Weeds and grass are reclaiming the pensions where people used to vacation. The outside eating areas are overgrown -faded plastic furniture buried under tall sharp grass. A fire engine has rammed into a restaurant. It hangs outside of a building that looks to have been burned badly. The truck is charred and missing its tires. It was probably the only one on the island. There is more broken glass and fragments of brick where it impacted the building.


Dal looks for blood but finds nothing. The men salvage a couple of the metal axes but nearly everything on the truck and in the deli was destroyed in the fire.


“Remember, we look for dry goods. Rice, cereal, noodles, and water.” He tries to make his voice authoritative, fatherly, steady. No one says anything back.

There are messages scrawled in multiple colors of spray paint across the broken store fronts. Dal knows they are written in English, but he doesn’t know what they mean.


Young-tek knows enough to make out a word here and there. He stands in front of one of the messages, shielding his eyes with a hand against the rising sun.

“This one says something about food. I’m not sure though. I can make out a few of the words but they don’t make any…” His voice trails off until the silence is punctuated with a sound. Their bodies are motionless while their eyes which roll around. An empty can falling on the ground? Could it be a cat or a dog? A ghost?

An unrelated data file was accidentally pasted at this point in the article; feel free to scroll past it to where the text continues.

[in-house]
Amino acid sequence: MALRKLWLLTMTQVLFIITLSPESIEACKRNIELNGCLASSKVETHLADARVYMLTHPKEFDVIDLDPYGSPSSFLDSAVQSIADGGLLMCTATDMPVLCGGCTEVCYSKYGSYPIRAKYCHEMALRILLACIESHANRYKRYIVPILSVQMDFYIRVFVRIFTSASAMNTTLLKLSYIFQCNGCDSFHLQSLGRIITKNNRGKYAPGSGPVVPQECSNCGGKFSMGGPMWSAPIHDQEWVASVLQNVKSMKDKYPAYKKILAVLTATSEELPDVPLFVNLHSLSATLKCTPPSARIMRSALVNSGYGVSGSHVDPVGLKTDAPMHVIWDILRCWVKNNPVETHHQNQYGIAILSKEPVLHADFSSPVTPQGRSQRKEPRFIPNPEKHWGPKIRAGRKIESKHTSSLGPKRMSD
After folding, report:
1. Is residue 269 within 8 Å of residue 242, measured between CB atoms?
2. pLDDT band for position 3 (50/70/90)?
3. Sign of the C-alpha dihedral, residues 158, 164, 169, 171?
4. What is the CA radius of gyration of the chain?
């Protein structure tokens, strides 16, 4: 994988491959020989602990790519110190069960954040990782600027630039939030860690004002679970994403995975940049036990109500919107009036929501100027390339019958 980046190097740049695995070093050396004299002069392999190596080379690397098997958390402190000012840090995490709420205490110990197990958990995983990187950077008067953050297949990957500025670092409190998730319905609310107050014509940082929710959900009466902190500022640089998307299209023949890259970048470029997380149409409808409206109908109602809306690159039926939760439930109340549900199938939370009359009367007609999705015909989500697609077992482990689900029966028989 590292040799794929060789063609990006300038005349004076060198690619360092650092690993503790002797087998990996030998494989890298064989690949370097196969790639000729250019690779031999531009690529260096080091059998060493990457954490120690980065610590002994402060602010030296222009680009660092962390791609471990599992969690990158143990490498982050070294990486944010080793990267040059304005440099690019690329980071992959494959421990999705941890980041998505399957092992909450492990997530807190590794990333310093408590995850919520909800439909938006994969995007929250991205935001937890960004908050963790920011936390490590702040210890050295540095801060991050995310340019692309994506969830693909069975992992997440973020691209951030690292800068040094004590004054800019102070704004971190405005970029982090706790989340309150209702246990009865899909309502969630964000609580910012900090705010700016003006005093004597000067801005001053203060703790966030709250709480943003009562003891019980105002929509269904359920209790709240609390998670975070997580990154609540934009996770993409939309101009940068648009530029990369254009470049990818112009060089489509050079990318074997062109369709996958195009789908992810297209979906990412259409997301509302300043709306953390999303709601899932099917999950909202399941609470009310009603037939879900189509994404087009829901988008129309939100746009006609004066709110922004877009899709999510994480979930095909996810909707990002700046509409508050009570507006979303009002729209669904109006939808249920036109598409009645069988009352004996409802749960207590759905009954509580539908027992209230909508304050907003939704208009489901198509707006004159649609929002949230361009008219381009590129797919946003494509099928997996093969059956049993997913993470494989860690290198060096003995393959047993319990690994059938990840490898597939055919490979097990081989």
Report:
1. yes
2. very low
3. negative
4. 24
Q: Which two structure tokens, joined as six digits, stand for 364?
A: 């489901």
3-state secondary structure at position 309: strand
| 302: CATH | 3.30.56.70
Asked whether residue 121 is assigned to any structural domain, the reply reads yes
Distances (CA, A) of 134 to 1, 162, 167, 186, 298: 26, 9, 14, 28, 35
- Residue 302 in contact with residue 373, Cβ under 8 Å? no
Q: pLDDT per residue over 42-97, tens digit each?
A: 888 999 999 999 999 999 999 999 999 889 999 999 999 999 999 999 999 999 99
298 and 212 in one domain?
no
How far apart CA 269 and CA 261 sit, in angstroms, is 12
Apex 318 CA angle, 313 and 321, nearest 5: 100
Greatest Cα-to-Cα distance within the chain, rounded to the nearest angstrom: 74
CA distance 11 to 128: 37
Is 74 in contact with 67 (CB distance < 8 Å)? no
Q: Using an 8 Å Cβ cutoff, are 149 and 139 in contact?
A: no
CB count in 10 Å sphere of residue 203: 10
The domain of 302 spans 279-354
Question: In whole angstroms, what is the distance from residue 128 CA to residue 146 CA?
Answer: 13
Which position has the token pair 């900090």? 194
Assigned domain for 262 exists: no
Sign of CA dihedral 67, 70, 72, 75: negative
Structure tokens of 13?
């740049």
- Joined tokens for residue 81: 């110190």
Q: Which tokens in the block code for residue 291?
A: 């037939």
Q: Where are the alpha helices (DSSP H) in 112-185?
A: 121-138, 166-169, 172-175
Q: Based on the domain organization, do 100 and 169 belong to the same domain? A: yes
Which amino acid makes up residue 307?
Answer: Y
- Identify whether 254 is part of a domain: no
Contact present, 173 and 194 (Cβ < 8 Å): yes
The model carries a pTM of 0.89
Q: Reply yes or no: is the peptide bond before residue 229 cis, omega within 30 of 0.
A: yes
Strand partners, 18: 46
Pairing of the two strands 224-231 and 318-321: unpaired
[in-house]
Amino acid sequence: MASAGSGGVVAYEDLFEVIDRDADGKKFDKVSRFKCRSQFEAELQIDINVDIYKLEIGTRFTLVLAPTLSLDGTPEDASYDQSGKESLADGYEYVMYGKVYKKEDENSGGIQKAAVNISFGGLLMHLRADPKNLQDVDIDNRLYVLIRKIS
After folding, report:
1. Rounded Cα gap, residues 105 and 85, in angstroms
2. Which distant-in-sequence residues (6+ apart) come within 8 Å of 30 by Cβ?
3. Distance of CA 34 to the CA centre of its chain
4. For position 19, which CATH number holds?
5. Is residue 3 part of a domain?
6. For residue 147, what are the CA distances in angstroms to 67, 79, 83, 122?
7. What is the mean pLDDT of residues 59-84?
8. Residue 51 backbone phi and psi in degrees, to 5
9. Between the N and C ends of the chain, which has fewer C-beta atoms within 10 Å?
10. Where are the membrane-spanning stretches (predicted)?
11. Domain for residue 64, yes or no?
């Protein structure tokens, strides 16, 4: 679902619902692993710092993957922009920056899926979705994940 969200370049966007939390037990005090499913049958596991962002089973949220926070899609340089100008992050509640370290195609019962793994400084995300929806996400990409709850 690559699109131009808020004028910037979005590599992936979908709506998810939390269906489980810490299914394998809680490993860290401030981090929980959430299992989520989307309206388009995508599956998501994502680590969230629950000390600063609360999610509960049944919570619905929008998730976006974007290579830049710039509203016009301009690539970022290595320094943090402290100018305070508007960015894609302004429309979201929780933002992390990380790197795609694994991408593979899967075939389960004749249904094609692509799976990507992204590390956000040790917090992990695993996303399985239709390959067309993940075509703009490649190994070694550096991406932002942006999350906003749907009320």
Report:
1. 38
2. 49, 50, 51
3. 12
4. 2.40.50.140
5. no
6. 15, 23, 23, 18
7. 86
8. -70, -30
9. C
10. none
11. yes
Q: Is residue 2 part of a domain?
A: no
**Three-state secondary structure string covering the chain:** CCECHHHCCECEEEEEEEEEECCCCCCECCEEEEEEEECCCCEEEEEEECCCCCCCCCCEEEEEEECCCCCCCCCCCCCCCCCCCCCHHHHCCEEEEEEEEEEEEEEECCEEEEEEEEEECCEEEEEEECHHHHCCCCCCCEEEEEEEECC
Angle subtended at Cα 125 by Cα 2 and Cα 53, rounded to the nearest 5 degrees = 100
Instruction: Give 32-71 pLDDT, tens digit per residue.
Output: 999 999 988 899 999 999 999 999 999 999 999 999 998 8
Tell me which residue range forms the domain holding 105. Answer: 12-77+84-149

A man pops out of the second story window. His face is smeared with dirt and he is shirtless, his hair and beard matted. He spits and hisses. He shakes a knife at the group of men before retreating inside.

They find him on the bottom level of the building which was once a 7-11. He is a foreigner, a westerner. The store has been ransacked. There is a barricade of toppled, bent shelves. The glass refrigerator doors are all smashed out along with the windows. The walls are covered in English words and different symbols. The men overwhelm the man and bind his hands together. He rambles and yells as Dal tries to question him.